• The Financial District


When New Zealanders vote on Saturday in the country's general election, the question seems not so much whether Prime Minister Jacinda Ardern will win re-election to a second term, but by how much, Kyodo News reported.

Ardern's first term in office was a baptism of fire, and the way she responded with empathy and kindness has made her international household name.

After becoming her center-left Labour Party's youngest-ever leader, less than two months before winning the 2017 election, the 40-year-old has led New Zealand through a once-in-a-century pandemic, a deadly volcanic eruption and the country's worst-ever mass shooting with her signature calm.

So whether it is her crisis management skills, or her approachable communication style -- a besweatered Ardern was praised for holding an impromptu Q&A session on social media as the country went into a four-week-long coronavirus lockdown -- it is unsurprising the Labour Party is shaping up to be the popular choice.

While opinion polls strongly suggest Ardern will beat Judith Collins, her center-right National Party counterpart, it remains to be seen whether Labour will be able to govern alone.

Polling released by both 1News-Colmar Brunton last Thursday put Labour on track to win 60 seats -- just one seat short of holding an outright majority in the country's unicameral parliament, the 120-seat House of Representatives.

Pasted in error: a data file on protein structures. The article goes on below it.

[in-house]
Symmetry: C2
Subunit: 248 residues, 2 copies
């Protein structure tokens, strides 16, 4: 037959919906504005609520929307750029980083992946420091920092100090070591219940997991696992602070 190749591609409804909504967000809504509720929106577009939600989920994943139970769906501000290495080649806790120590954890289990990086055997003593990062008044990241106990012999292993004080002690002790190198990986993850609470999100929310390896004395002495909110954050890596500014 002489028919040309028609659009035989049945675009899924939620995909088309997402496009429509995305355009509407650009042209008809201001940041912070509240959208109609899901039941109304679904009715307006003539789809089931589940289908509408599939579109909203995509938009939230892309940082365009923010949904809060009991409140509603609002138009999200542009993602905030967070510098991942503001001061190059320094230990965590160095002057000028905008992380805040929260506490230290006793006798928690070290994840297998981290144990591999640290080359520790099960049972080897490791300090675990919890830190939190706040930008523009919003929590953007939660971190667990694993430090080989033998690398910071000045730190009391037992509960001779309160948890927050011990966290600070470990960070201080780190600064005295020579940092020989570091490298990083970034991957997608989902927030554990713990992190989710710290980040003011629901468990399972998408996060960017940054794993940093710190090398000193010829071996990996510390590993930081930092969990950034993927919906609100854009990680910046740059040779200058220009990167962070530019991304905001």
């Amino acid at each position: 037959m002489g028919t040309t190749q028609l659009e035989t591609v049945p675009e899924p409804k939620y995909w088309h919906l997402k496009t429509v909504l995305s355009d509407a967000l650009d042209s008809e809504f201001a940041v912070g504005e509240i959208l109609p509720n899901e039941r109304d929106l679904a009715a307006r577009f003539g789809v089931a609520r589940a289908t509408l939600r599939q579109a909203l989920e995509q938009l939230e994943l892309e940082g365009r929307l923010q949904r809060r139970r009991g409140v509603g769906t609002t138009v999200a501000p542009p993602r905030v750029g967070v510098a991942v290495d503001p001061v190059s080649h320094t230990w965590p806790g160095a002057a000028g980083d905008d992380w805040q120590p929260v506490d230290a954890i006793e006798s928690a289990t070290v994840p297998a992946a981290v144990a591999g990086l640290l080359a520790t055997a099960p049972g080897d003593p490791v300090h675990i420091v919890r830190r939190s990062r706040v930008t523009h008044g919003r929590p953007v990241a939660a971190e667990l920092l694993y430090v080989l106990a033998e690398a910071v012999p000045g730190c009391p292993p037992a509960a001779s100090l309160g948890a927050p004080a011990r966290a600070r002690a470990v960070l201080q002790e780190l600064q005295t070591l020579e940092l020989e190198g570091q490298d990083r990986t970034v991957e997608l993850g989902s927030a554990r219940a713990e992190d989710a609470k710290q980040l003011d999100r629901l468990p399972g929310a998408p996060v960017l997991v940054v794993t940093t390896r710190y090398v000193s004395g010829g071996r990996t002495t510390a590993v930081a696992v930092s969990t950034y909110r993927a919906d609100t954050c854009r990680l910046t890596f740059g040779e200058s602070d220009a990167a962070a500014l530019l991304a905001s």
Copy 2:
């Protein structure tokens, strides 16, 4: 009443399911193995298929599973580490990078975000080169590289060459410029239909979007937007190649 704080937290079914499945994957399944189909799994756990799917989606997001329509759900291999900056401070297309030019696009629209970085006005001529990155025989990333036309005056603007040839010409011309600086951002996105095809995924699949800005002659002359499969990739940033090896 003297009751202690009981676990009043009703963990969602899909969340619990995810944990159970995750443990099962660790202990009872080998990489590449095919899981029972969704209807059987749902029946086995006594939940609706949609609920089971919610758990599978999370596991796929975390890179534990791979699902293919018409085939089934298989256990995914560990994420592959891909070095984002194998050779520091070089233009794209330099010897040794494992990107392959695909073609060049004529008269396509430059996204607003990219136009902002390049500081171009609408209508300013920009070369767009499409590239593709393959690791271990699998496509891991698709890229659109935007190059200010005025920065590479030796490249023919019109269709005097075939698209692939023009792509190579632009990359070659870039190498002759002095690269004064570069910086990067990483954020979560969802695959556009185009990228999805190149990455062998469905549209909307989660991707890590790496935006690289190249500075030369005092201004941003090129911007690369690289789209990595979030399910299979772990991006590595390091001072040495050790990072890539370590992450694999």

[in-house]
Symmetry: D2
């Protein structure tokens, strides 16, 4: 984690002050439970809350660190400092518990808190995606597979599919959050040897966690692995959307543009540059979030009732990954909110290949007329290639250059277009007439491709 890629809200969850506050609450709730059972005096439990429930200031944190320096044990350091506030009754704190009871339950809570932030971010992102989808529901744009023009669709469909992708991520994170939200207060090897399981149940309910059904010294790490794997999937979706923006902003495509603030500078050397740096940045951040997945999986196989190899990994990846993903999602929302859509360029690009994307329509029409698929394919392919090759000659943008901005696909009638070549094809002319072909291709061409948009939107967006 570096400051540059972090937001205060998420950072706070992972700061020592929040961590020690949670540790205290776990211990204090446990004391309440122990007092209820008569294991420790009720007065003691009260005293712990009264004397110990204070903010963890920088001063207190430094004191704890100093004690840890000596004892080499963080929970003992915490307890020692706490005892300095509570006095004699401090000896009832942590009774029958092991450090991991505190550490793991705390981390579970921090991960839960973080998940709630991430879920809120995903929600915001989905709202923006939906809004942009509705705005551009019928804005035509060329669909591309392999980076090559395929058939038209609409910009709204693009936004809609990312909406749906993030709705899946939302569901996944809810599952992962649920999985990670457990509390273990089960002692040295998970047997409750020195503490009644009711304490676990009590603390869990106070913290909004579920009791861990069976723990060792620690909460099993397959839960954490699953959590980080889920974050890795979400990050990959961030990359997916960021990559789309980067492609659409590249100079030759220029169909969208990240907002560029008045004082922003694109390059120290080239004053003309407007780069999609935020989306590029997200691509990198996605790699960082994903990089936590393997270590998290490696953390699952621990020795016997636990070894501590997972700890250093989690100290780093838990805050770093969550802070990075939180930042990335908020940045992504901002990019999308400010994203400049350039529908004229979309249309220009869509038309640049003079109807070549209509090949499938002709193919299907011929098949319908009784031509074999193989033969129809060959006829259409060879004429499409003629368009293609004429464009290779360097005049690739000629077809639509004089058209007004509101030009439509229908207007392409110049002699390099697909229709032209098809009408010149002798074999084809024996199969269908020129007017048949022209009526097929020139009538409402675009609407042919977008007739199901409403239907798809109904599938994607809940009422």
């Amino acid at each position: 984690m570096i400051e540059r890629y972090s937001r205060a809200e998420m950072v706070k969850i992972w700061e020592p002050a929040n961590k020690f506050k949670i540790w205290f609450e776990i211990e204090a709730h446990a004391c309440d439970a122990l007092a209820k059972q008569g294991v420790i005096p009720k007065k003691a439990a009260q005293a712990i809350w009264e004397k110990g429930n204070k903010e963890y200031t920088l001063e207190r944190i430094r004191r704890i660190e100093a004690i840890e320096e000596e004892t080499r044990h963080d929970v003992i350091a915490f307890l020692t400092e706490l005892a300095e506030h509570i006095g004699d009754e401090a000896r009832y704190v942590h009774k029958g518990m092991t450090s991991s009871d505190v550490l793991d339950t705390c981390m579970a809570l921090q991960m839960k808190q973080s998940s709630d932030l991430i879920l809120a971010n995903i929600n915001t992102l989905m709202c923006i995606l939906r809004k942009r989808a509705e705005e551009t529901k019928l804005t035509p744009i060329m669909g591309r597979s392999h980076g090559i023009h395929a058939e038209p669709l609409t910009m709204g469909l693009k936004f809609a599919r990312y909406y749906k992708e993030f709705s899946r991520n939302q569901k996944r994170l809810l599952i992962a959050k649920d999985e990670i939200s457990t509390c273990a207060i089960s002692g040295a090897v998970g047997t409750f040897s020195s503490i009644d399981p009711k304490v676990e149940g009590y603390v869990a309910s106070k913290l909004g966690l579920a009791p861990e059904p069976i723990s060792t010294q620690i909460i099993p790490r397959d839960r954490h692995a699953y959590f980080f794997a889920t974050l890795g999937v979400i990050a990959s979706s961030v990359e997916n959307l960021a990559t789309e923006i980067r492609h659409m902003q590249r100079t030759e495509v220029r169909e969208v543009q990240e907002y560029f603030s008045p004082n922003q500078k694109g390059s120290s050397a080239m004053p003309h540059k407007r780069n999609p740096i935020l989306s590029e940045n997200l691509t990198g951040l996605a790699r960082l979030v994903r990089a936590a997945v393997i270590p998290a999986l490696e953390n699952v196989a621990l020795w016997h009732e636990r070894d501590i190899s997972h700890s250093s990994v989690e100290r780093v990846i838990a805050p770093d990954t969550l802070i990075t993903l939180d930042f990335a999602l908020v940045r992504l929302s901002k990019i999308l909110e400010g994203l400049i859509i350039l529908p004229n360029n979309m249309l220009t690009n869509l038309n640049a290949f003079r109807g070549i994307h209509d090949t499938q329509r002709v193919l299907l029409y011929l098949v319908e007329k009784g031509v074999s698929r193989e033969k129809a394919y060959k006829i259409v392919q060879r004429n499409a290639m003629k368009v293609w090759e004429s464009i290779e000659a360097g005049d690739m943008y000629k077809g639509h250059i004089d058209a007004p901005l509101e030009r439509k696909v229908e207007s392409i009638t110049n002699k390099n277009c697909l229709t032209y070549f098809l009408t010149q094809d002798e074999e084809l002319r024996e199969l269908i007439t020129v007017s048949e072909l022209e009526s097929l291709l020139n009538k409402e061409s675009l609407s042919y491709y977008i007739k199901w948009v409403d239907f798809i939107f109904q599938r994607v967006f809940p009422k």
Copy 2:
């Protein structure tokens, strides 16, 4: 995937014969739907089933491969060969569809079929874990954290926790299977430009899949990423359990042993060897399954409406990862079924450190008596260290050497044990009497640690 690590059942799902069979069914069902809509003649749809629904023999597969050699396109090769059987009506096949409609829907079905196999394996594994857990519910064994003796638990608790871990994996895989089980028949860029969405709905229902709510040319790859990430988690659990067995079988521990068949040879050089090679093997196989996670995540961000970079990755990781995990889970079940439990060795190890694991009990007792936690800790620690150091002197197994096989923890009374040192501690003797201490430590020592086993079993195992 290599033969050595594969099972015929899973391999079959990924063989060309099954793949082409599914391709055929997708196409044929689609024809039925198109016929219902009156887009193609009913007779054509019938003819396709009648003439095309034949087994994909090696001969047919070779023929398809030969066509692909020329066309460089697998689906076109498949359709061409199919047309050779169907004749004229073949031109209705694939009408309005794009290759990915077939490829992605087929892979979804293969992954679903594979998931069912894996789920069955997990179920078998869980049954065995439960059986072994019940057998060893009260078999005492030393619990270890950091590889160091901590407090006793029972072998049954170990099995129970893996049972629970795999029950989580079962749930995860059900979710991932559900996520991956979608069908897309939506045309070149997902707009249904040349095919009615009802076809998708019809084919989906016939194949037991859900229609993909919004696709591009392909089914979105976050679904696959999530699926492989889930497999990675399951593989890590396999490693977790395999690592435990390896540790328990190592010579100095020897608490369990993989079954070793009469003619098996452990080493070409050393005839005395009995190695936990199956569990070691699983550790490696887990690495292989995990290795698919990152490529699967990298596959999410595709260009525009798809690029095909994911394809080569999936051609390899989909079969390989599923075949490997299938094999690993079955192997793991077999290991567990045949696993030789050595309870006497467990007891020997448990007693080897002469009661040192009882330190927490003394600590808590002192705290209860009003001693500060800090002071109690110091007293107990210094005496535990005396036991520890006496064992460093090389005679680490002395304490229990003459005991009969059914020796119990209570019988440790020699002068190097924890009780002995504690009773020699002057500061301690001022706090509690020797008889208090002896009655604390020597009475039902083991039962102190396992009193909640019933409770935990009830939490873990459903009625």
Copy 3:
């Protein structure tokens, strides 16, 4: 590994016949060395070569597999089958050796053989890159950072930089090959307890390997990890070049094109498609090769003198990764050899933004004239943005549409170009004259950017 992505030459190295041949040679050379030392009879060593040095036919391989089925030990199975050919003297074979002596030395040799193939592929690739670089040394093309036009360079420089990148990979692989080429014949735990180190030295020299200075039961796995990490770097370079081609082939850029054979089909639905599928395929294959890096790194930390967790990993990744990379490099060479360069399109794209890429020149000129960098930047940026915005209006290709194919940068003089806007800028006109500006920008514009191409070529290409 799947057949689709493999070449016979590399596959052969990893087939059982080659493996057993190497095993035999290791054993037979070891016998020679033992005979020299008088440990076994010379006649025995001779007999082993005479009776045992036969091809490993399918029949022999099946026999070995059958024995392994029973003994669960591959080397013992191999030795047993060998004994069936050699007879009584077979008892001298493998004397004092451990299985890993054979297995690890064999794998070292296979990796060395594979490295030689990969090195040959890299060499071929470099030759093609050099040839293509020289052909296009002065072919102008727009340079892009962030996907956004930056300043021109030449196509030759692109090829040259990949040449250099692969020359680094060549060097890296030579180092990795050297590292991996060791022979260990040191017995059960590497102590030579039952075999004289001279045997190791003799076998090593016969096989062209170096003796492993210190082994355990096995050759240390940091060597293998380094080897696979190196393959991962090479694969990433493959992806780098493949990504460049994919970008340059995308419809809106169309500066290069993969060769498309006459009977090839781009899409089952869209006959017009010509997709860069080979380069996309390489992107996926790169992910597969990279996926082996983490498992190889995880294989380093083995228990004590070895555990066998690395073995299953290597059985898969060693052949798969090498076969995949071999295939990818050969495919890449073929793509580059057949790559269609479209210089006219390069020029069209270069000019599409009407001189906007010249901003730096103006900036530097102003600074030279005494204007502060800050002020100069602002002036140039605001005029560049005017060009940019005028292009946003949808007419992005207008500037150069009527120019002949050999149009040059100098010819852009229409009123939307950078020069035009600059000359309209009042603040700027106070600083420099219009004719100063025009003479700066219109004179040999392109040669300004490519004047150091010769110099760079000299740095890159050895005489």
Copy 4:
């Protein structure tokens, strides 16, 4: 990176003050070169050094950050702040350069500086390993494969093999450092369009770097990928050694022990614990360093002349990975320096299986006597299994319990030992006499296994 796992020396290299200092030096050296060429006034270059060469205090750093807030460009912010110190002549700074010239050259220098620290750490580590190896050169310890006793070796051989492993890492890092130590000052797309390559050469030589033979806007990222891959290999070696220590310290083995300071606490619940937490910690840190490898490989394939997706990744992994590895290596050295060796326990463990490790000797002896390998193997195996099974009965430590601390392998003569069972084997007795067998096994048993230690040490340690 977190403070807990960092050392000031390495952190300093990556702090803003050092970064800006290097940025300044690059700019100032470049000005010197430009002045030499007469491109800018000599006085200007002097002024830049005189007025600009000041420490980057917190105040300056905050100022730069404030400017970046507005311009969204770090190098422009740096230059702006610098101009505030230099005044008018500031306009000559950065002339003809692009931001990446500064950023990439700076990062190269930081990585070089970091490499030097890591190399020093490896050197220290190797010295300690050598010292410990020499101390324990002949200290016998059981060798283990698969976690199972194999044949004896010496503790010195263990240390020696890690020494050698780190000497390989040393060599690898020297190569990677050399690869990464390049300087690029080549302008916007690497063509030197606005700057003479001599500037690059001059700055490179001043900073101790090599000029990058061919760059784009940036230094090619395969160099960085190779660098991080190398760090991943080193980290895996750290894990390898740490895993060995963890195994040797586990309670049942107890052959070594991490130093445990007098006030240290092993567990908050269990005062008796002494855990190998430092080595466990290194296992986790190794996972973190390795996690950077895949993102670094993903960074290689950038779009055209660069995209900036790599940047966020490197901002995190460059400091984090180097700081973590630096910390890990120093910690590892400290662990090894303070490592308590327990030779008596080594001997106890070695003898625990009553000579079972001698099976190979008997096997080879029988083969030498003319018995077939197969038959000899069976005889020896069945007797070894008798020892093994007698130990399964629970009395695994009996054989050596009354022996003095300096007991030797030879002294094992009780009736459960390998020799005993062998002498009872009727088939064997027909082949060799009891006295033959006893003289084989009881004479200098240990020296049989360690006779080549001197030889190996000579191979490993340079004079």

By contrast, the leading opposition National Party is projected to win roughly 41 seats.

If Labour were to win the majority of seats in 2020, it would be the first time a political party has governed without a coalition partner since New Zealand switched to the current electoral system in 1996.

But Ardern's popularity comes in spite of her track record on domestic policies.

Putting aside New Zealand's pandemic-induced recession -- the first in almost 10 years -- some of the most pressing issues facing the nation are housing affordability and poverty. Ardern went to the 2017 election with promises on each: vowing to build 100,000 houses in a decade and to lift 100,000 children out of poverty.

But in early October, Labour admitted that just over 600 of the so-called Kiwibuild homes have been built, and in February the government said 18,400 children had been lifted out of poverty.

Commentators have noted that as the leader of a three-way coalition government between the populist New Zealand First Party and environmentalist Green Party, it has been difficult for Ardern to push through all her policies.

However, if Labour wins the election outright, the party will be under added pressure to deliver more consistently on its election promises.

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